Otto Fenichel

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Otto Fenichel (2 December 1897 in Vienna – 22 January 1946 in Los Angeles) was a psychoanalyst of the so-called "second generation".

Otto Fenichel started studying medicine in 1915 in Vienna. Already as a very young man, when still in school, he was attracted by the circle of psychoanalysts around Freud. During the years 1915 and 1919, he attended lectures by Freud, and as early as 1920, aged 23, he became a member of the Vienna Psychoanalytic Society.

In 1922 Fenichel moved to Berlin. During his Berlin time, until 1934, he was a member of a group of Socialist and/or Marxist psychoanalysts (with Siegfried Bernfeld, Erich Fromm, Wilhelm Reich, Ernst Simmel and others). After his emigration – 1934 to Oslo, 1935 to Prague, 1938 to Los Angeles – he organized the contact between the worldwide scattered Marxist psychoanalysts by means of top secret "Rundbriefe", i.e. circular letters. Those Rundbriefe, which became publicly known only in 1998, can be counted among the most important documents pertaining to the problematic history of psychoanalysis between 1934 and 1945, especially in regard to the problem of the expulsion of Wilhelm Reich from the International Psychoanalytic Association in 1934.

Writings[edit]

Fenichel was a prolific writer on psychoanalysis, and published some forty articles between "Introjektion und Kastrationkomplex" (1925) and "Neurotic Acting Out" (1945).[1] In the interwar debate on female sexuality, "three long, carefully reasoned, and thoroughly documented papers by the brilliant young analyst Otto Fenichel"[2] formed his main contribution. Of the first, Freud wrote: "Fenichel (1930) rightly emphasizes the difficulty of recognizing in the material produced in analysis what parts of it represent the unchanged content of the pre-Oedipus phase and what parts have been distorted by regression. [...] He also rejects the 'displacement backwards' of the Oedipus complex proposed by Melanie Klein."[3]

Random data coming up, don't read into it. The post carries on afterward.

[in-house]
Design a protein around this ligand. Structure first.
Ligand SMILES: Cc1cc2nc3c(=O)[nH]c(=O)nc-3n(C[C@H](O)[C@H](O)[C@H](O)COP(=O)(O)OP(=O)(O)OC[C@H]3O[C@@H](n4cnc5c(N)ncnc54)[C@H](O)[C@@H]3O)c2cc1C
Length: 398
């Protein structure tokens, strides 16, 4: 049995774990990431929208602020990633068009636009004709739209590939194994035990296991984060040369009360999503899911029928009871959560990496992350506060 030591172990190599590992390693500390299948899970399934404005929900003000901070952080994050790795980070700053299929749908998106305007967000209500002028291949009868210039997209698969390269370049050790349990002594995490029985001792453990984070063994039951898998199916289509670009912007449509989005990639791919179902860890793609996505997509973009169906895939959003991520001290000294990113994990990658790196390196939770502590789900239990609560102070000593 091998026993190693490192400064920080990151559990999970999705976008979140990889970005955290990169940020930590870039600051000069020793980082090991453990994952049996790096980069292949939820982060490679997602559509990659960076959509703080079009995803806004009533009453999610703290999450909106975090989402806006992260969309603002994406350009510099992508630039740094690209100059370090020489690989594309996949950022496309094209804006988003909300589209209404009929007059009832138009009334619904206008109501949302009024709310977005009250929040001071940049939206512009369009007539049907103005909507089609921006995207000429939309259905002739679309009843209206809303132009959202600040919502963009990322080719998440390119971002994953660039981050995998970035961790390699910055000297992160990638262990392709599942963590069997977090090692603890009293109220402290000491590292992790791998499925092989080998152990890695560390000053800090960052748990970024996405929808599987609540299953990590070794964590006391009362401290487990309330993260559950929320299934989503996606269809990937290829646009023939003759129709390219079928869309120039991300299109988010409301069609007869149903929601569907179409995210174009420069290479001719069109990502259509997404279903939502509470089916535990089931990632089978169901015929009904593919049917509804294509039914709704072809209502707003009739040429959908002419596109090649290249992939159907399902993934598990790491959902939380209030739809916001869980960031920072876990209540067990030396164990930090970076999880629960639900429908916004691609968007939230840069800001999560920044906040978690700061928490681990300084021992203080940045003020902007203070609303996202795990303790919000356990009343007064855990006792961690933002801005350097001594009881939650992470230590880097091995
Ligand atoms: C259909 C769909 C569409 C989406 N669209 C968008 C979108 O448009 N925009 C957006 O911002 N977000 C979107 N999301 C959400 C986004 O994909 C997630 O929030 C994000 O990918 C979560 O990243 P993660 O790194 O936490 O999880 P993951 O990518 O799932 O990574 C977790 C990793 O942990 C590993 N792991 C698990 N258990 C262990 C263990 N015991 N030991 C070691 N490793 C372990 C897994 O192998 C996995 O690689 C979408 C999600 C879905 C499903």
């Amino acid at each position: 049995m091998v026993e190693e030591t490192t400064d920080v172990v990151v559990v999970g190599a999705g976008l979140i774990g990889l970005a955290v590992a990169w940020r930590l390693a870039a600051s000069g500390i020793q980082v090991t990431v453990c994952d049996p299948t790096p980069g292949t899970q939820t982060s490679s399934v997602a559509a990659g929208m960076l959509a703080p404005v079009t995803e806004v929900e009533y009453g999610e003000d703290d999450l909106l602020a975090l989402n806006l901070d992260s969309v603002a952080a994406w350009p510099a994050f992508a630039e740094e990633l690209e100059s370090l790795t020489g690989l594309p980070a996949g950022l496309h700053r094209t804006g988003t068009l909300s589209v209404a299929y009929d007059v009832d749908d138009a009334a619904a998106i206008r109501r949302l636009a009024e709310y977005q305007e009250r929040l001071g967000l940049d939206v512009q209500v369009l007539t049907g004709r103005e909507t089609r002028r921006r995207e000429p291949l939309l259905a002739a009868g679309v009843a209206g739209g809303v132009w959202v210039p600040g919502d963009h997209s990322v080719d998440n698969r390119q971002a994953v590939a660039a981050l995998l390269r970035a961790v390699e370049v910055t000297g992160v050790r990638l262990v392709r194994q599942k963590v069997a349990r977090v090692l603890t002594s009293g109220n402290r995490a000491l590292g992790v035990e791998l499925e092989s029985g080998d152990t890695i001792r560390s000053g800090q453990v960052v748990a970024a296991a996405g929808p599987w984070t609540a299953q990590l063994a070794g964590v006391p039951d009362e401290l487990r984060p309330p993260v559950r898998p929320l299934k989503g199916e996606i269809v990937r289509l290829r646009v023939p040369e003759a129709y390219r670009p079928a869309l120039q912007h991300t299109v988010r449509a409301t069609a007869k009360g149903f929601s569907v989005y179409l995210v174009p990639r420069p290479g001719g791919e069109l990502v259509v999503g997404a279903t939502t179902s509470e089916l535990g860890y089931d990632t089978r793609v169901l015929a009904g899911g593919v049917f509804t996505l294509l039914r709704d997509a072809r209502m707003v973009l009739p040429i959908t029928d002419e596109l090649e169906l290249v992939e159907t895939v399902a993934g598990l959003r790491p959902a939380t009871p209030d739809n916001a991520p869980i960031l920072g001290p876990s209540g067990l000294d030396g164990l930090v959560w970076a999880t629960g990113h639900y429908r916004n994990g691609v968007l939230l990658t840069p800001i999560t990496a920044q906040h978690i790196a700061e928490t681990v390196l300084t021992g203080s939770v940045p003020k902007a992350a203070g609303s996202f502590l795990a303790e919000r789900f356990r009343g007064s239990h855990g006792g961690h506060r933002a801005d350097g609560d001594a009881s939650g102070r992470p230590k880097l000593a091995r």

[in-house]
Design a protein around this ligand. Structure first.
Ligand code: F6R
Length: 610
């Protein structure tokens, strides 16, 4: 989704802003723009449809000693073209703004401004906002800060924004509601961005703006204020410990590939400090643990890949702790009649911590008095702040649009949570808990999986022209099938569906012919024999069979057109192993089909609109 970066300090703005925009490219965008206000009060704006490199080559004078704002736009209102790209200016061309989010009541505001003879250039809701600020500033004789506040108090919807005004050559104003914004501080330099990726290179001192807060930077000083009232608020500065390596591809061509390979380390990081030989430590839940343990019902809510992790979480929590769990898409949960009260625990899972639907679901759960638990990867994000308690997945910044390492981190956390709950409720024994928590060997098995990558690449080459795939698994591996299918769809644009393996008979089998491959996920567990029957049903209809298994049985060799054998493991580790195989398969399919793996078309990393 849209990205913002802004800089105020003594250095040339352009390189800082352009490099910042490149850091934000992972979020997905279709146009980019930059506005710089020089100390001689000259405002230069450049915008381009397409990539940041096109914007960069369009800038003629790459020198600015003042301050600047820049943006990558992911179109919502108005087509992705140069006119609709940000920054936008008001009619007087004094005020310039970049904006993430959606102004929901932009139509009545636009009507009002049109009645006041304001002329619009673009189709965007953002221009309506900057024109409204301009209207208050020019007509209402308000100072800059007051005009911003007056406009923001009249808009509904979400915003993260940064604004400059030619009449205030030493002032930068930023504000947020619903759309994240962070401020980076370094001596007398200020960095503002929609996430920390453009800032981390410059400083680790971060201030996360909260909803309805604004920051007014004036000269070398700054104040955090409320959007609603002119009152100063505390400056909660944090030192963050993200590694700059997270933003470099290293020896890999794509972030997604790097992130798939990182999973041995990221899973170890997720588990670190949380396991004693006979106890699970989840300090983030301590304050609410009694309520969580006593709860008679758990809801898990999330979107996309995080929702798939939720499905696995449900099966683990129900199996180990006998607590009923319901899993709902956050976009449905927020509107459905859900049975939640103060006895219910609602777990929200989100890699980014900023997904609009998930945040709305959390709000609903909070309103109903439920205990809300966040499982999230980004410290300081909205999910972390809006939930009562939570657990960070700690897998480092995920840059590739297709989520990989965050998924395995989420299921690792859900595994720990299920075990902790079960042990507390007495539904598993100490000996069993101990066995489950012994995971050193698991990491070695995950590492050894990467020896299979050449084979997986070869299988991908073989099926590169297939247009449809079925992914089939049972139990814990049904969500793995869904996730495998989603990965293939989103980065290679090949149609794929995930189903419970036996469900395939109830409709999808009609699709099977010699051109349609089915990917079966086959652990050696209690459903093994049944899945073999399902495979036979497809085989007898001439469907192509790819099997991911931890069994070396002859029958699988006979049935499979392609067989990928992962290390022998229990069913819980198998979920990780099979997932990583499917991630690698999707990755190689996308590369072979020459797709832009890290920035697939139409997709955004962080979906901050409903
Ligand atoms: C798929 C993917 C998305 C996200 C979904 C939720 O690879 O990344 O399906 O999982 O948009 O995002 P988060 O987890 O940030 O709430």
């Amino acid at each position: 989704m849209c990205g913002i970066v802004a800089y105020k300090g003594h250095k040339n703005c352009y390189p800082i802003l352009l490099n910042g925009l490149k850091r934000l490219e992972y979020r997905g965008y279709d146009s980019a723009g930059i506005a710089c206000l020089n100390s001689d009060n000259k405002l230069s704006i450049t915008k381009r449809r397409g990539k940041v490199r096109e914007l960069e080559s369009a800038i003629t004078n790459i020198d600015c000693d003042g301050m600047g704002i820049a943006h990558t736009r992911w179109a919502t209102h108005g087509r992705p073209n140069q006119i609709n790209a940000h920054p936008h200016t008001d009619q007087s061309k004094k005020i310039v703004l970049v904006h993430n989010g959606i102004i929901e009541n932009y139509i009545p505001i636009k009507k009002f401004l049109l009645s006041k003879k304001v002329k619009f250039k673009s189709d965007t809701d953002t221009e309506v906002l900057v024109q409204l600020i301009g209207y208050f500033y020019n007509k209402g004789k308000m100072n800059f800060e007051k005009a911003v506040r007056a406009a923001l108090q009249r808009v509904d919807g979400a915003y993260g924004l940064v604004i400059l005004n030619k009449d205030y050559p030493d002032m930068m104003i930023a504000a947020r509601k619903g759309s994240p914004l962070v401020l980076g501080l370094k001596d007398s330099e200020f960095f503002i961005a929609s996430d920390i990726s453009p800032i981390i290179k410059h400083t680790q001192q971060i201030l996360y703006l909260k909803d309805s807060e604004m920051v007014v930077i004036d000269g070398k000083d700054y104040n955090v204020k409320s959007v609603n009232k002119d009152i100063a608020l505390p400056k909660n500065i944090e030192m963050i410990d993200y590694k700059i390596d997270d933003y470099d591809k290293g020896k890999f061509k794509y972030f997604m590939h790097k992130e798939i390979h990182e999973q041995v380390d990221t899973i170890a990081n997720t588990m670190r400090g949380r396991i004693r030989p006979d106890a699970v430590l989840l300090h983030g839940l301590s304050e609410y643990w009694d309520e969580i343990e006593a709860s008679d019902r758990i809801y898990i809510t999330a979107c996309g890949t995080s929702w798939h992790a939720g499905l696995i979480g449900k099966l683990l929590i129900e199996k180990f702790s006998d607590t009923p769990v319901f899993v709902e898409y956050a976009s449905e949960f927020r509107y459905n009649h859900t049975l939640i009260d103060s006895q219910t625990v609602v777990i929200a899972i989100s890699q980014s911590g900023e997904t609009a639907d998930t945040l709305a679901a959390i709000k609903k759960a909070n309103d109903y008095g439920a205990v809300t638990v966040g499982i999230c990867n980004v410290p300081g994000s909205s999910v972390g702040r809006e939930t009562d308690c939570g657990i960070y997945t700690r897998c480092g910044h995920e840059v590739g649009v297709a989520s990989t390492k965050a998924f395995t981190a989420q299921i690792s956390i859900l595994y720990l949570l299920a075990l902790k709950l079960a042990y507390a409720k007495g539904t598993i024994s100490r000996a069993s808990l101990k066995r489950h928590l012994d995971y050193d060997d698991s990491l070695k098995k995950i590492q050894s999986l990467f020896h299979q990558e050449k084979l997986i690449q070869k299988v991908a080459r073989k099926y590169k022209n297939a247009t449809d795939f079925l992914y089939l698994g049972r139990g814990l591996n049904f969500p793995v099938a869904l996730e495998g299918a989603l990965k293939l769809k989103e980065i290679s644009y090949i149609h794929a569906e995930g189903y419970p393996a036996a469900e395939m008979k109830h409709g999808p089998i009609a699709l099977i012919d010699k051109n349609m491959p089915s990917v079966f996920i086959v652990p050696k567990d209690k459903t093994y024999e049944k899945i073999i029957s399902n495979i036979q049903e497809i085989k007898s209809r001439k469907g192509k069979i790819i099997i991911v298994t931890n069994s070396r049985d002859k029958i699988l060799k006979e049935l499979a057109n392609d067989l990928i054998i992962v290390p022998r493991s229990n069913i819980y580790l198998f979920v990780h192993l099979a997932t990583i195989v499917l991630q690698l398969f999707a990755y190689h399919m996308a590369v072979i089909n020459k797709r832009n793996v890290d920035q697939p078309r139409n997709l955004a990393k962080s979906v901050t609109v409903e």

He continued his study of sexuality in a further article, of 1936. For Jacques Lacan, "the symbolic parity Madchen = Phallus, or in English the equation Girl = Phallus, in the words of M. Fenichel, to whom he gives the theme of an essay of some merit,"[4] was a useful building-block for his comprehension of the Imaginary and Symbolic orders. In the essay Fenichel examined a man's "female identification [...] with a 'little girl' - for example with a (real or imaginary) little sister and, on a deeper level, with one's own penis."[5]

Three years later, in his article "Trophy and Triumph", Fenichel pointed out, that the feeling of triumph "results from the removal of anxiety and inhibition by the winning of a trophy. [...] The trophy is a super-ego derivative since it is a symbol of parental authority. [...] it threatens the ego in the same way that the super-ego threatens the ego where unresolved Oedipus phantasies are at work."[6]

Building on such works, and upon countless others by his peers and predecessors, Fenichel produced his textbook of 1945.[7] "For countless students and professionals Fenichel is synonymous with his Psychoanalytic Theory of Neurosis; and this text is regarded as synonymous with reliable and comprehensive psychoanalytic knowledge."[8]

Under its objectivist surface, Fenichel in fact took a firm line on many of the controversies of the day, characterizing the "clinical material of British analysts [...] as doubtful"; attacking the neo-Freudian's "insight into the formative power of social forces upon individual minds does not require any change in Freud's concepts of instincts, as certain authors believe"; and repeatedly sideswiping "Alexander's opinion. [...] This thesis, however, does not seem very convincing".[9]